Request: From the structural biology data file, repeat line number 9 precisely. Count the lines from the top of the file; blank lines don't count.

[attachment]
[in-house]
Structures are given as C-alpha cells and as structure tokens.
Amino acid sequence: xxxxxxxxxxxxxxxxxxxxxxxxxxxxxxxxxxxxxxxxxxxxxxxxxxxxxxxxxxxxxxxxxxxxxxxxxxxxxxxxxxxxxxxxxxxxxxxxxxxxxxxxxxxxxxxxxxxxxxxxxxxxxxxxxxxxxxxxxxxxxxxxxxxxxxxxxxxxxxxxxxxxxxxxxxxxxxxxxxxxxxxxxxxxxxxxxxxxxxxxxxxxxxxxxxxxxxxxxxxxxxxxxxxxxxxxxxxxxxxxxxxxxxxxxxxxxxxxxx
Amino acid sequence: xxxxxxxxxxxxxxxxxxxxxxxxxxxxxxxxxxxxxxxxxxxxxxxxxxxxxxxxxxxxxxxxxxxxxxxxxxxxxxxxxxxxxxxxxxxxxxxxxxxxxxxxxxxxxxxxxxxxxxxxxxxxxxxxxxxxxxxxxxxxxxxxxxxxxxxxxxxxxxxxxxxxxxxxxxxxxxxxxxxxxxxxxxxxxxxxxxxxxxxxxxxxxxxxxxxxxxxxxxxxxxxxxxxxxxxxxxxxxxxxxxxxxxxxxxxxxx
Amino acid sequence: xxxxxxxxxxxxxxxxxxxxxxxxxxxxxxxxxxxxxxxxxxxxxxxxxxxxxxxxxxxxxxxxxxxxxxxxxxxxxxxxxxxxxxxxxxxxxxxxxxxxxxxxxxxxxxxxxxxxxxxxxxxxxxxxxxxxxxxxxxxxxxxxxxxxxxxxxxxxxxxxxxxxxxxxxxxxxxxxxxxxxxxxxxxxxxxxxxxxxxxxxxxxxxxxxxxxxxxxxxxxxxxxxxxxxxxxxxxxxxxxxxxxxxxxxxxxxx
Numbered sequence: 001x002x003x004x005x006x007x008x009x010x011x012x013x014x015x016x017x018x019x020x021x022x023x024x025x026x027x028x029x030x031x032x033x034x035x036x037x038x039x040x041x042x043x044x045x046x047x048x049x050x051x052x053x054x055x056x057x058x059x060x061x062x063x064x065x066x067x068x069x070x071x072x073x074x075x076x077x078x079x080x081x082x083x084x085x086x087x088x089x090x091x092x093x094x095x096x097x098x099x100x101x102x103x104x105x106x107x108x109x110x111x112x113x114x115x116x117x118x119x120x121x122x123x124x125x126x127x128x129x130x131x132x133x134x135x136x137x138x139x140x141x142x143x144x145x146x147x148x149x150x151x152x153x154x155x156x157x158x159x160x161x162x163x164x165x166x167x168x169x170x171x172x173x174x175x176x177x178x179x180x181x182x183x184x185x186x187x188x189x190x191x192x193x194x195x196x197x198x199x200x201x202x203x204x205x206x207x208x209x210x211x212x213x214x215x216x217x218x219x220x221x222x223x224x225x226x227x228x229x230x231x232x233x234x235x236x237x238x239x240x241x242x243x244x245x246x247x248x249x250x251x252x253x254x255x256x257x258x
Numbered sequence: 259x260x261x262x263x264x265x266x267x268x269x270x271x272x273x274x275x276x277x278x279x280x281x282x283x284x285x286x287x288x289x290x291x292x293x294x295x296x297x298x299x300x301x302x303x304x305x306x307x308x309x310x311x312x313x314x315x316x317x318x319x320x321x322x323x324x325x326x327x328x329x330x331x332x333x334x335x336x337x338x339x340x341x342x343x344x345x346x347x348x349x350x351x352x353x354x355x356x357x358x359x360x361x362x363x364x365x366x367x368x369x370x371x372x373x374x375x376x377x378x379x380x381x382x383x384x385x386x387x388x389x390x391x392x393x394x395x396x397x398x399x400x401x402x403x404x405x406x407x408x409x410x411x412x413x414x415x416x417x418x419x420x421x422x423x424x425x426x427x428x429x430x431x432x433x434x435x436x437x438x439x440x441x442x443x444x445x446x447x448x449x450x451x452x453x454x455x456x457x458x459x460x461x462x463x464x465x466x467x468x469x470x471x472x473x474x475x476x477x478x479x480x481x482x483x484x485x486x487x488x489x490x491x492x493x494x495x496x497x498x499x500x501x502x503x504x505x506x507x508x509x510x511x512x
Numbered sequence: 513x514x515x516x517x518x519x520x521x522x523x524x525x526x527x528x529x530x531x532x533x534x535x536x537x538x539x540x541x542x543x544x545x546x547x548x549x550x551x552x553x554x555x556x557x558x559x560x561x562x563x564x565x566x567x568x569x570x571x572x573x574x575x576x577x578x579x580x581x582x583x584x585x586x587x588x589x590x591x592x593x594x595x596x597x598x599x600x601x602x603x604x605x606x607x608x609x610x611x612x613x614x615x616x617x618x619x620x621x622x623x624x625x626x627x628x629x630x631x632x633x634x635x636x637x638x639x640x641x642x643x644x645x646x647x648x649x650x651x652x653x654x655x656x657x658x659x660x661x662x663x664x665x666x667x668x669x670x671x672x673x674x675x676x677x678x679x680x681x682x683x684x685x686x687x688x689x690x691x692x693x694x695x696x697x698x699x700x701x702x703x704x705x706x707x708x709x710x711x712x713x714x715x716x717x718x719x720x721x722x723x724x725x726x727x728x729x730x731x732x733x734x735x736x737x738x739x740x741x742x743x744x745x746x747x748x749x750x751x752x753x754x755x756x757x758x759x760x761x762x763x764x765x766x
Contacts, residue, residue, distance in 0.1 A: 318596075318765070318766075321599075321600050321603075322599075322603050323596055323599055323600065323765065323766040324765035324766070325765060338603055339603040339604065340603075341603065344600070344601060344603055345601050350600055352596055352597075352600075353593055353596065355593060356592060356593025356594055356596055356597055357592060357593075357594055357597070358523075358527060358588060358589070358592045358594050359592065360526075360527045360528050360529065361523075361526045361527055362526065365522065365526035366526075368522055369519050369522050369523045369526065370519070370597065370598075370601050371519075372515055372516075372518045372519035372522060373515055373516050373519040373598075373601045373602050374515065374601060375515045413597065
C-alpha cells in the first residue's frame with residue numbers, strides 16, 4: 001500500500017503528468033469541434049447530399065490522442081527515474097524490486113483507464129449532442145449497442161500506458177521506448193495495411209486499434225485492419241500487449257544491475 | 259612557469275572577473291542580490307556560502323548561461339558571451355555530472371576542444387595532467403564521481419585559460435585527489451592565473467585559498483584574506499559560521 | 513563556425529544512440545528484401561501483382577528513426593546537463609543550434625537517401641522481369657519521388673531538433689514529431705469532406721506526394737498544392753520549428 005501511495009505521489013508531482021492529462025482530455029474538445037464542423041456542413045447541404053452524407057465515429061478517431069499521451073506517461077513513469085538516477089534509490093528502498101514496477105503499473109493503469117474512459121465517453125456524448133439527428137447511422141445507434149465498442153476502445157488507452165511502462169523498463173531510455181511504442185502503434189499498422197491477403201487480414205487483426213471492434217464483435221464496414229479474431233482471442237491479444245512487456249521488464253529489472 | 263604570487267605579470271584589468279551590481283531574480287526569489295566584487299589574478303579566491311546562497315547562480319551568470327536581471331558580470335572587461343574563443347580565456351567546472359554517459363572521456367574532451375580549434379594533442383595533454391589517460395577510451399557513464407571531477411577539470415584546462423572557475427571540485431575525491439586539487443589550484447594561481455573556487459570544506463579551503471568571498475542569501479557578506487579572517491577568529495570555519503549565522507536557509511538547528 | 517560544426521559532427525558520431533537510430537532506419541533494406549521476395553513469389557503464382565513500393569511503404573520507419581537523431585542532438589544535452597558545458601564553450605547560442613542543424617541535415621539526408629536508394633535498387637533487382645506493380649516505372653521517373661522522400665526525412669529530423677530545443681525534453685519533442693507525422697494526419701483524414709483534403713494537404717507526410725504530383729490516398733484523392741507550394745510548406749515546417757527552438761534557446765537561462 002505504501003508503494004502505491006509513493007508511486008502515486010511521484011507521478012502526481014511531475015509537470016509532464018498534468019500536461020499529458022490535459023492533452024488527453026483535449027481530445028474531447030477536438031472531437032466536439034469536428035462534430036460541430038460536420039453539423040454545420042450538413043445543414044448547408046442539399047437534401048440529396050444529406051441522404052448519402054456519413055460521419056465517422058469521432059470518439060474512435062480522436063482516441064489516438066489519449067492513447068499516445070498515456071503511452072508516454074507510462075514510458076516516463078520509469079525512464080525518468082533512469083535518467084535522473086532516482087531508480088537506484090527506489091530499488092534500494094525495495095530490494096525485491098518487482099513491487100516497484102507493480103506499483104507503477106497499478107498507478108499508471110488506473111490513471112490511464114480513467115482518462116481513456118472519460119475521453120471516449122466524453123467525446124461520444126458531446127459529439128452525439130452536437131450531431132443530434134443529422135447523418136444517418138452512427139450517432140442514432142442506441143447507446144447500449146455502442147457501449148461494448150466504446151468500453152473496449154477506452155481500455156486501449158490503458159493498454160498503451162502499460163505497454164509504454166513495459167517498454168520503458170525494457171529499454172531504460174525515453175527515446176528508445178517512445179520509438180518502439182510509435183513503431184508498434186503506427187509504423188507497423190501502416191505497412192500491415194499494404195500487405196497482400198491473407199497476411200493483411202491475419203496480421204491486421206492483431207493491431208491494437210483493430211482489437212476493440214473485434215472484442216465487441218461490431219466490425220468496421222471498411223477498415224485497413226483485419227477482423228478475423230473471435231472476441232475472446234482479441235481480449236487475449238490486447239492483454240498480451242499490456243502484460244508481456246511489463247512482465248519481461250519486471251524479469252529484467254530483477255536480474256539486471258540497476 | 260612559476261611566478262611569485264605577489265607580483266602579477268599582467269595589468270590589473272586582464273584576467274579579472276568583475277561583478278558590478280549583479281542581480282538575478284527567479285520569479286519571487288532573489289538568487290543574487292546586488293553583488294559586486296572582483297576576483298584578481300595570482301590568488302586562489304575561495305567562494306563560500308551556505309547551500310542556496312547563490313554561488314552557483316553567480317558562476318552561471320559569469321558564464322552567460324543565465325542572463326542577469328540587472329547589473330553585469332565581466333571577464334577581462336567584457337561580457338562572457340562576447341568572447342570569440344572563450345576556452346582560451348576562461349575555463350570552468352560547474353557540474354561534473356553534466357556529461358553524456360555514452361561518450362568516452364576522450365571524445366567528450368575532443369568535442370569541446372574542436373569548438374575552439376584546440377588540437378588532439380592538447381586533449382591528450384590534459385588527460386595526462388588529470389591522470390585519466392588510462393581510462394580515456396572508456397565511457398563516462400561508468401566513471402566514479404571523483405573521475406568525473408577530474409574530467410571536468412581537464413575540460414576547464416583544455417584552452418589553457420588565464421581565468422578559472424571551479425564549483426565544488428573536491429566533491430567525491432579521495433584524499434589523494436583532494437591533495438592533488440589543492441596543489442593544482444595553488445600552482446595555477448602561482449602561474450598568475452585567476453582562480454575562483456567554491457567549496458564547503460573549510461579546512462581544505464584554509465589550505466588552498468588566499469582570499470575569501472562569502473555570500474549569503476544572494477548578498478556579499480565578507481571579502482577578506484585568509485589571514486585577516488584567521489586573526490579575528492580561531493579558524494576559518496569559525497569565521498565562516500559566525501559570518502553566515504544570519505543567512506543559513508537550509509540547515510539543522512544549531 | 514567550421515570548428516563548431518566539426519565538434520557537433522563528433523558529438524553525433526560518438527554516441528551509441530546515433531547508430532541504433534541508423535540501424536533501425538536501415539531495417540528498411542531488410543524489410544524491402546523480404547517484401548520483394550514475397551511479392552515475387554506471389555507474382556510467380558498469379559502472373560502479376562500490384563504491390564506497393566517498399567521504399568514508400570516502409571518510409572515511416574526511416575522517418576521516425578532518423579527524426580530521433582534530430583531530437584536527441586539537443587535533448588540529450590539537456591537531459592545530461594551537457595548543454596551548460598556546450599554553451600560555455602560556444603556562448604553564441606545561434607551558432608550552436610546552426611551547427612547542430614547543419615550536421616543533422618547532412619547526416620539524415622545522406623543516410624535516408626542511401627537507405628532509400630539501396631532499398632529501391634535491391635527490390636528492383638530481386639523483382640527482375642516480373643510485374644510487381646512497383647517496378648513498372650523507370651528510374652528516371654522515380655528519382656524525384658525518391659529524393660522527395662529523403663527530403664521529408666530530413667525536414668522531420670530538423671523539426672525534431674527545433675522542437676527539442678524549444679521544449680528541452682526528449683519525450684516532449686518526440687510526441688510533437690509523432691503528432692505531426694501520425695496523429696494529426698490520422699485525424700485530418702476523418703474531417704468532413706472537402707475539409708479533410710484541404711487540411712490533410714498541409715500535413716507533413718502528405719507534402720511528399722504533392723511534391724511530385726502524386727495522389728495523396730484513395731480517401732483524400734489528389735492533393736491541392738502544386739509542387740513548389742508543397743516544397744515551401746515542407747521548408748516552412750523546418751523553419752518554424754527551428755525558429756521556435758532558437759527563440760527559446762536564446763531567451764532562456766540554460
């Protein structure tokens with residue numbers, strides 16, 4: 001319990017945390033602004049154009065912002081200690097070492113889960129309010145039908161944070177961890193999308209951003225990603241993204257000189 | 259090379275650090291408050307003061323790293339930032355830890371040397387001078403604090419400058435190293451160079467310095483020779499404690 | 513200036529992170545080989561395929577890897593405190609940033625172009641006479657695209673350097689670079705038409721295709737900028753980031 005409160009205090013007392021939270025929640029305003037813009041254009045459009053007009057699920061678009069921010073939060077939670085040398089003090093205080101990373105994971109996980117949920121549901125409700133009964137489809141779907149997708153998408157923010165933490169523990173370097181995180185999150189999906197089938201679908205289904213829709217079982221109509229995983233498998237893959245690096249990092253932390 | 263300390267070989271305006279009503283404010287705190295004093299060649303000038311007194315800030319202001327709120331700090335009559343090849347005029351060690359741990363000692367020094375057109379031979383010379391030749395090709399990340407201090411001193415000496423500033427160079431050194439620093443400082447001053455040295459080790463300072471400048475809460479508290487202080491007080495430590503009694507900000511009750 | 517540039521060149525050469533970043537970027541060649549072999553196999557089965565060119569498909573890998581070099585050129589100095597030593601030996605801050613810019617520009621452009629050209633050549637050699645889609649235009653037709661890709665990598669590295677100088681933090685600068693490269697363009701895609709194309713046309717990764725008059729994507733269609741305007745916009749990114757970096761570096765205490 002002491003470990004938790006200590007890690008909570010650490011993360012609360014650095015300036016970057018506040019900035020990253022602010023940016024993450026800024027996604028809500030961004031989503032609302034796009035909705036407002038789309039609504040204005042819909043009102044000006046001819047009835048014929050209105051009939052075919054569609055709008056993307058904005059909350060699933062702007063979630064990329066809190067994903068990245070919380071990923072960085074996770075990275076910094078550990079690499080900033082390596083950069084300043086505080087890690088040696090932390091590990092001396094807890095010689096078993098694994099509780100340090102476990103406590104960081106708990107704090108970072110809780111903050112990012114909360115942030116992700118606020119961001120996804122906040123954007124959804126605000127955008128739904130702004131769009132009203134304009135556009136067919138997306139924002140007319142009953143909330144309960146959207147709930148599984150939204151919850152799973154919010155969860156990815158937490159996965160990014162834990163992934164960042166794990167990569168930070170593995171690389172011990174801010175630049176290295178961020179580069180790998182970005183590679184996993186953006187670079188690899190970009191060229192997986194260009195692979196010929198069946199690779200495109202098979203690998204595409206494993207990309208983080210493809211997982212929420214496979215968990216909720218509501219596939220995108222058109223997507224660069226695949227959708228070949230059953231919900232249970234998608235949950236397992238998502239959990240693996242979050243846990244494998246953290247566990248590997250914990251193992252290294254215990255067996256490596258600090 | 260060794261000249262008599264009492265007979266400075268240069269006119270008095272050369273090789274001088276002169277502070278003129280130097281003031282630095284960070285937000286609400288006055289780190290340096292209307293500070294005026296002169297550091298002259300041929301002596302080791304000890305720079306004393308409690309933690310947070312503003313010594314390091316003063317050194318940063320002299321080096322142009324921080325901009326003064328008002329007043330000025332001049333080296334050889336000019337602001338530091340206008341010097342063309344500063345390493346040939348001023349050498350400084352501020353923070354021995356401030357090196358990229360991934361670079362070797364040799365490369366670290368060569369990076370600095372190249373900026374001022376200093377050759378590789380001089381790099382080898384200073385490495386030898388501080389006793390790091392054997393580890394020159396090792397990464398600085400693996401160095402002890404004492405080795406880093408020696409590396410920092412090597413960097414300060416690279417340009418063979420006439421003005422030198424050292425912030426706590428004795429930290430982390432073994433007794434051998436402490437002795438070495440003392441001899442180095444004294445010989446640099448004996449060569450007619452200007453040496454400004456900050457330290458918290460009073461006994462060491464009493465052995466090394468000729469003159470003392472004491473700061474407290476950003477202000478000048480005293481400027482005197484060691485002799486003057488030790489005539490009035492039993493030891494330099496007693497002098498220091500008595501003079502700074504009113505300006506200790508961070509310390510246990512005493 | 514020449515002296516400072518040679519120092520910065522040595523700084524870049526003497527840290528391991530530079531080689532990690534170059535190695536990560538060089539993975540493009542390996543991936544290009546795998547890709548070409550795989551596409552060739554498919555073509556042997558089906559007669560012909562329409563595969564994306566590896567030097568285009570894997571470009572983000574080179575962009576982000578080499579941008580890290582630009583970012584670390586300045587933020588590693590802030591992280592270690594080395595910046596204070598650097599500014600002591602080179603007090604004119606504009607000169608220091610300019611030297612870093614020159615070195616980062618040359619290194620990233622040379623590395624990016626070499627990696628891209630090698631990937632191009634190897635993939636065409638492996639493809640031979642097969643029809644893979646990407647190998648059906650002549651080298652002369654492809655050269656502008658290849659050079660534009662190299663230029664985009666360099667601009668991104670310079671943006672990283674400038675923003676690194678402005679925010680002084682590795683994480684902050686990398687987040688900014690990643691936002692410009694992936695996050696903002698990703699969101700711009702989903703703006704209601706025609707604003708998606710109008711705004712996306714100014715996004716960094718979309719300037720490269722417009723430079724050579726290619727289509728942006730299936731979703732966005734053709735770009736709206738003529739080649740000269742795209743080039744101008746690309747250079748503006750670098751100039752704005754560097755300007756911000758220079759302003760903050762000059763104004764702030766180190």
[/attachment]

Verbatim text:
Contacts, residue, residue, distance in 0.1 A: 318596075318765070318766075321599075321600050321603075322599075322603050323596055323599055323600065323765065323766040324765035324766070325765060338603055339603040339604065340603075341603065344600070344601060344603055345601050350600055352596055352597075352600075353593055353596065355593060356592060356593025356594055356596055356597055357592060357593075357594055357597070358523075358527060358588060358589070358592045358594050359592065360526075360527045360528050360529065361523075361526045361527055362526065365522065365526035366526075368522055369519050369522050369523045369526065370519070370597065370598075370601050371519075372515055372516075372518045372519035372522060373515055373516050373519040373598075373601045373602050374515065374601060375515045413597065